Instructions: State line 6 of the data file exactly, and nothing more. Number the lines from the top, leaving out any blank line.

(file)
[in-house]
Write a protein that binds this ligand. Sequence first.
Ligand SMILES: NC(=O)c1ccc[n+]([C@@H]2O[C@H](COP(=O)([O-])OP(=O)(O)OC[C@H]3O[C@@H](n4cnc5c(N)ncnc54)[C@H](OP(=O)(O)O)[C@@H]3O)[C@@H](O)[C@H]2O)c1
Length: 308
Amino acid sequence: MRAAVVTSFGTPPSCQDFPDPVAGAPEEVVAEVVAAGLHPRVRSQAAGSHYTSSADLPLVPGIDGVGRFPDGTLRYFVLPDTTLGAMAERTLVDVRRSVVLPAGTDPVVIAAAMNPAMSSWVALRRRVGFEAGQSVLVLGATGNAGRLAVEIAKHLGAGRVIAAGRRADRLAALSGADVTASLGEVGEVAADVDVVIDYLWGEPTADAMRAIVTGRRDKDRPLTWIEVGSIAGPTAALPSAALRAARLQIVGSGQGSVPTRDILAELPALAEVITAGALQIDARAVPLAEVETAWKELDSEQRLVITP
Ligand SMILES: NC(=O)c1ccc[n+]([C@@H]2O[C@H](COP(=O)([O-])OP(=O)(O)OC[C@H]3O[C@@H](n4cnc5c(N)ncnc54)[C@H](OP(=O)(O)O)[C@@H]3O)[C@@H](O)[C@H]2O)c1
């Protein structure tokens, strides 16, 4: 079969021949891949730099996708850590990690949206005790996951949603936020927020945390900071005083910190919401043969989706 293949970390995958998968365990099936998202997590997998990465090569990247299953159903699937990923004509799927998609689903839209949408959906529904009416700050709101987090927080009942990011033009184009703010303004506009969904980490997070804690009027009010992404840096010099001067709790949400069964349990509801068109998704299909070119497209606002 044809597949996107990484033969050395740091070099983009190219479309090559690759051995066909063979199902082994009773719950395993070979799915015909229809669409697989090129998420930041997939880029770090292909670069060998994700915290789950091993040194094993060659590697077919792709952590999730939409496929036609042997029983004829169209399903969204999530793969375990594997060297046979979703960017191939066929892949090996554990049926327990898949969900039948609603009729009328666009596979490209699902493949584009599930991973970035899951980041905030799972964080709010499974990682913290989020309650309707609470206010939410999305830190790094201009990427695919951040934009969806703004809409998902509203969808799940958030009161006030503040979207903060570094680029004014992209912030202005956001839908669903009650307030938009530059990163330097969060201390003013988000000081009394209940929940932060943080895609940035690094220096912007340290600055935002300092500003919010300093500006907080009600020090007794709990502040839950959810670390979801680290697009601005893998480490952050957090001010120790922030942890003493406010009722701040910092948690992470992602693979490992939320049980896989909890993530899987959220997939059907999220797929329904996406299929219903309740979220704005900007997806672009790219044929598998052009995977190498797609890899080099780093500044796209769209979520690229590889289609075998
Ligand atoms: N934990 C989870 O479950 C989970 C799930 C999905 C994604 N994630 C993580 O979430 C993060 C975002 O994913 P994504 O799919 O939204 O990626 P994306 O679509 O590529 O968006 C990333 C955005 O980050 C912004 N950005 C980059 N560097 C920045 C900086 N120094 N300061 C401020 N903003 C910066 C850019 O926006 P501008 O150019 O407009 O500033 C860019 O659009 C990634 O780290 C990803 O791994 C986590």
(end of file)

Ligand SMILES: NC(=O)c1ccc[n+]([C@@H]2O[C@H](COP(=O)([O-])OP(=O)(O)OC[C@H]3O[C@@H](n4cnc5c(N)ncnc54)[C@H](OP(=O)(O)O)[C@@H]3O)[C@@H](O)[C@H]2O)c1